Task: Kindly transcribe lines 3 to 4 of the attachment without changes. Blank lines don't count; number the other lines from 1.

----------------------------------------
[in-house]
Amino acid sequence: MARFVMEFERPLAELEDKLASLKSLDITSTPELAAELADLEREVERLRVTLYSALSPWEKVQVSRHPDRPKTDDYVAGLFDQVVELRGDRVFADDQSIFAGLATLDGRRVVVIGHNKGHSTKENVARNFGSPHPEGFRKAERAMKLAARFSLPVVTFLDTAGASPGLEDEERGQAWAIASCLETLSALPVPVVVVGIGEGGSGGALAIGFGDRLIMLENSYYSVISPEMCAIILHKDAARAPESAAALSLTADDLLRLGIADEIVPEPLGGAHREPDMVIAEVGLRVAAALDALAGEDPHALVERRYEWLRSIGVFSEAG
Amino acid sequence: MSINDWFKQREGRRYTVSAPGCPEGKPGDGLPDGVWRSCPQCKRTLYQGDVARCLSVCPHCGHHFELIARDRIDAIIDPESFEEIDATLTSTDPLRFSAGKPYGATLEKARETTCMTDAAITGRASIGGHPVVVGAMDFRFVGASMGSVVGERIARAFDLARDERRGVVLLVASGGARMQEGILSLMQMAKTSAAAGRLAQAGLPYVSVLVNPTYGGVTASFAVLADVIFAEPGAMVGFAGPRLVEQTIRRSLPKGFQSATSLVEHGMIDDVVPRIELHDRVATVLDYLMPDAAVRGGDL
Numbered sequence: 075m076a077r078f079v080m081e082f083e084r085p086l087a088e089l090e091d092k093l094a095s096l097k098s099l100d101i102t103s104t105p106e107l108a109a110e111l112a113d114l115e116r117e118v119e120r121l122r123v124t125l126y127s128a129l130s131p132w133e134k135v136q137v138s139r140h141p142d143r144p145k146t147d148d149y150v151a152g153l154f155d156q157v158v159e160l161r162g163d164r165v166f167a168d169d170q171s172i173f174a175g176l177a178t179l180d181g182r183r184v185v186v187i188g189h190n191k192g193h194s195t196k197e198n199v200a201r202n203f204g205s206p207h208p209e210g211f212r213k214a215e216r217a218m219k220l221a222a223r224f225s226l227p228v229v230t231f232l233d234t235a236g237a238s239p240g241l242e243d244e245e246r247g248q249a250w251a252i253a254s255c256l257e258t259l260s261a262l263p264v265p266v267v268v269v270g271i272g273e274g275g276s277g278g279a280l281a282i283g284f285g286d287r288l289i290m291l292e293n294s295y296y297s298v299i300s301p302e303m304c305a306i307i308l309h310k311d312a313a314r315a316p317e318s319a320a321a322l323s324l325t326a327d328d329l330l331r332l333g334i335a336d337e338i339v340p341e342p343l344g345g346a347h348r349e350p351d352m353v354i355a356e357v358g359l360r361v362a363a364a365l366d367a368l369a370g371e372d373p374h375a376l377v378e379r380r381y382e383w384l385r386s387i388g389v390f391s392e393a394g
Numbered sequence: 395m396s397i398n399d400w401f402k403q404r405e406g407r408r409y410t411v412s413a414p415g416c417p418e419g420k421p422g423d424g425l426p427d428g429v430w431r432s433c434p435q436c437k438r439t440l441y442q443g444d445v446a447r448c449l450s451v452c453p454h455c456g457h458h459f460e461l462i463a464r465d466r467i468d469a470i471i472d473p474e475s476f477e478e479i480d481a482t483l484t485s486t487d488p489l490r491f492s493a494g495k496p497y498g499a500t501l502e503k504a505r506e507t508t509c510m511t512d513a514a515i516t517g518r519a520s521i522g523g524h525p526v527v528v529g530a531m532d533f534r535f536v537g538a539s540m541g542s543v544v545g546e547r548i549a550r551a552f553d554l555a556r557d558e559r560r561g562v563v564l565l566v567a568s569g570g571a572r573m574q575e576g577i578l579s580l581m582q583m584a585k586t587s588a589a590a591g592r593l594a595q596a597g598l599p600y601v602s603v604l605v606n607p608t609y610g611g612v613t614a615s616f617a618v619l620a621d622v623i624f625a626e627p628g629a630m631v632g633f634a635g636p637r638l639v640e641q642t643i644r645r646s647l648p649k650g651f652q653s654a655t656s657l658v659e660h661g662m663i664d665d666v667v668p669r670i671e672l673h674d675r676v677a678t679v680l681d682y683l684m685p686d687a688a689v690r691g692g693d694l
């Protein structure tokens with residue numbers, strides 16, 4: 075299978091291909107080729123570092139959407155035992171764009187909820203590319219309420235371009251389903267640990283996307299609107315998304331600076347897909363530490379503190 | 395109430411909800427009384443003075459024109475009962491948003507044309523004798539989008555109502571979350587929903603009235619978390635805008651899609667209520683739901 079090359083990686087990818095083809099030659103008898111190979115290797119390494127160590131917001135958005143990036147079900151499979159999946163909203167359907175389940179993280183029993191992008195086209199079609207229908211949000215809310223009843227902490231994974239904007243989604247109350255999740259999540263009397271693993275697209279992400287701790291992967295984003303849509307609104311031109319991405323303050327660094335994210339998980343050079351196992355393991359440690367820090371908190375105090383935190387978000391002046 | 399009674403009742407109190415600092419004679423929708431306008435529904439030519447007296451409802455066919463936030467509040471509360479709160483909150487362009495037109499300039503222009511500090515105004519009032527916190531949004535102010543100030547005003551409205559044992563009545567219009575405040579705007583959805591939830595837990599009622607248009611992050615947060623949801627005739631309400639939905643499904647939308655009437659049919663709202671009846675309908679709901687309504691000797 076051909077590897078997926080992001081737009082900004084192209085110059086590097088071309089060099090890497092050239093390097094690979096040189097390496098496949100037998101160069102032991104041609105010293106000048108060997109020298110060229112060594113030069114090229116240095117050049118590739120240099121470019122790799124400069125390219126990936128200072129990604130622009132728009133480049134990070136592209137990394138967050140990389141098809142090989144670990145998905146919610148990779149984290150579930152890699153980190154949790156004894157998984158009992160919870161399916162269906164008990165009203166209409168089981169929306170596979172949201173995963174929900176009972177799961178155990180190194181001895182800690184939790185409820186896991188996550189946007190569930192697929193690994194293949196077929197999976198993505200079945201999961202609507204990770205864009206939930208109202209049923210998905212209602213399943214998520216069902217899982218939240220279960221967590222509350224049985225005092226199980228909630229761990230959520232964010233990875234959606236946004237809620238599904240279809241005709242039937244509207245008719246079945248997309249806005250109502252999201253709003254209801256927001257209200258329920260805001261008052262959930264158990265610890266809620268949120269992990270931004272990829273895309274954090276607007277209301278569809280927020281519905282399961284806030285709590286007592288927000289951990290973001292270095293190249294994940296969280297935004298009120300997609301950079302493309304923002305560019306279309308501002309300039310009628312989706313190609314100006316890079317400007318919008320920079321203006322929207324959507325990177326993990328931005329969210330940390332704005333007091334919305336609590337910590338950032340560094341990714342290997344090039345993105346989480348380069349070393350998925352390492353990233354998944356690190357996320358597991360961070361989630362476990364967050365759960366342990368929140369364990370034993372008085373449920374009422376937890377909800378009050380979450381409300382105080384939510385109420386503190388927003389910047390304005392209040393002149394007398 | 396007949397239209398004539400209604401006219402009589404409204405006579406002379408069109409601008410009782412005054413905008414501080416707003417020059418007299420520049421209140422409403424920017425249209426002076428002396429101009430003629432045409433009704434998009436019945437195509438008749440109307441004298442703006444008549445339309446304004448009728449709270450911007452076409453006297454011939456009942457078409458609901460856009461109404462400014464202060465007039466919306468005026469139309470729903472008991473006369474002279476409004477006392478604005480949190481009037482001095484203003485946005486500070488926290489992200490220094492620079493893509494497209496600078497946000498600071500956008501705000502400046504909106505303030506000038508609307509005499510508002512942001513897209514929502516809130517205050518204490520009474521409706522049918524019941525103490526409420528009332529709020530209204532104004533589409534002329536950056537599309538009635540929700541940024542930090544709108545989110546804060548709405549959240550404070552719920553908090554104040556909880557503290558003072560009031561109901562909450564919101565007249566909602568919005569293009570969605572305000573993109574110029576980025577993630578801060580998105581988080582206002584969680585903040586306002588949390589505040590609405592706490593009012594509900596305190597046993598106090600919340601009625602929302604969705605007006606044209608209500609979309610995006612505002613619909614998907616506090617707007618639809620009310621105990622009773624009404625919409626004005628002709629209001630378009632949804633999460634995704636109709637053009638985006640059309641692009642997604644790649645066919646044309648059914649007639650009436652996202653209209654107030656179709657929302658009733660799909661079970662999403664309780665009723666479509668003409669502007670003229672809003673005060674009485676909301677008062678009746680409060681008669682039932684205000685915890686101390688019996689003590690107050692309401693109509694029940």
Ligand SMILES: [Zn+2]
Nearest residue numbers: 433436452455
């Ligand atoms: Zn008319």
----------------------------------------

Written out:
Amino acid sequence: MSINDWFKQREGRRYTVSAPGCPEGKPGDGLPDGVWRSCPQCKRTLYQGDVARCLSVCPHCGHHFELIARDRIDAIIDPESFEEIDATLTSTDPLRFSAGKPYGATLEKARETTCMTDAAITGRASIGGHPVVVGAMDFRFVGASMGSVVGERIARAFDLARDERRGVVLLVASGGARMQEGILSLMQMAKTSAAAGRLAQAGLPYVSVLVNPTYGGVTASFAVLADVIFAEPGAMVGFAGPRLVEQTIRRSLPKGFQSATSLVEHGMIDDVVPRIELHDRVATVLDYLMPDAAVRGGDL
Numbered sequence: 075m076a077r078f079v080m081e082f083e084r085p086l087a088e089l090e091d092k093l094a095s096l097k098s099l100d101i102t103s104t105p106e107l108a109a110e111l112a113d114l115e116r117e118v119e120r121l122r123v124t125l126y127s128a129l130s131p132w133e134k135v136q137v138s139r140h141p142d143r144p145k146t147d148d149y150v151a152g153l154f155d156q157v158v159e160l161r162g163d164r165v166f167a168d169d170q171s172i173f174a175g176l177a178t179l180d181g182r183r184v185v186v187i188g189h190n191k192g193h194s195t196k197e198n199v200a201r202n203f204g205s206p207h208p209e210g211f212r213k214a215e216r217a218m219k220l221a222a223r224f225s226l227p228v229v230t231f232l233d234t235a236g237a238s239p240g241l242e243d244e245e246r247g248q249a250w251a252i253a254s255c256l257e258t259l260s261a262l263p264v265p266v267v268v269v270g271i272g273e274g275g276s277g278g279a280l281a282i283g284f285g286d287r288l289i290m291l292e293n294s295y296y297s298v299i300s301p302e303m304c305a306i307i308l309h310k311d312a313a314r315a316p317e318s319a320a321a322l323s324l325t326a327d328d329l330l331r332l333g334i335a336d337e338i339v340p341e342p343l344g345g346a347h348r349e350p351d352m353v354i355a356e357v358g359l360r361v362a363a364a365l366d367a368l369a370g371e372d373p374h375a376l377v378e379r380r381y382e383w384l385r386s387i388g389v390f391s392e393a394g